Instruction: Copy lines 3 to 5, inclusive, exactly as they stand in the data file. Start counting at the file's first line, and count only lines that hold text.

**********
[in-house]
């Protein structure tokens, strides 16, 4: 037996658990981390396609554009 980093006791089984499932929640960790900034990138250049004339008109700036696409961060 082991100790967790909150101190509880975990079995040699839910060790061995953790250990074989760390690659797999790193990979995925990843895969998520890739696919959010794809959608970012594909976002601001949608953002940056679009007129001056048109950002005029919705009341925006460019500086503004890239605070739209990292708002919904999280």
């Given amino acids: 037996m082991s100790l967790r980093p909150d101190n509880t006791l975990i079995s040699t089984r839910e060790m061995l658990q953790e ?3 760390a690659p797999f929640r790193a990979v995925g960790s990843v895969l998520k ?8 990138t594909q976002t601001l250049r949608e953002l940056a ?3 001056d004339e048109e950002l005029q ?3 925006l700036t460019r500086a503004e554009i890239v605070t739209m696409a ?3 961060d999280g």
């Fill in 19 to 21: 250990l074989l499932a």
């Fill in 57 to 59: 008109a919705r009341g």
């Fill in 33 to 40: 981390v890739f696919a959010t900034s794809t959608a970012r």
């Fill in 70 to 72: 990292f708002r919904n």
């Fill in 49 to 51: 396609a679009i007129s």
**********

């Given amino acids: 037996m082991s100790l967790r980093p909150d101190n509880t006791l975990i079995s040699t089984r839910e060790m061995l658990q953790e ?3 760390a690659p797999f929640r790193a990979v995925g960790s990843v895969l998520k ?8 990138t594909q976002t601001l250049r949608e953002l940056a ?3 001056d004339e048109e950002l005029q ?3 925006l700036t460019r500086a503004e554009i890239v605070t739209m696409a ?3 961060d999280g």
């Fill in 19 to 21: 250990l074989l499932a």
């Fill in 57 to 59: 008109a919705r009341g």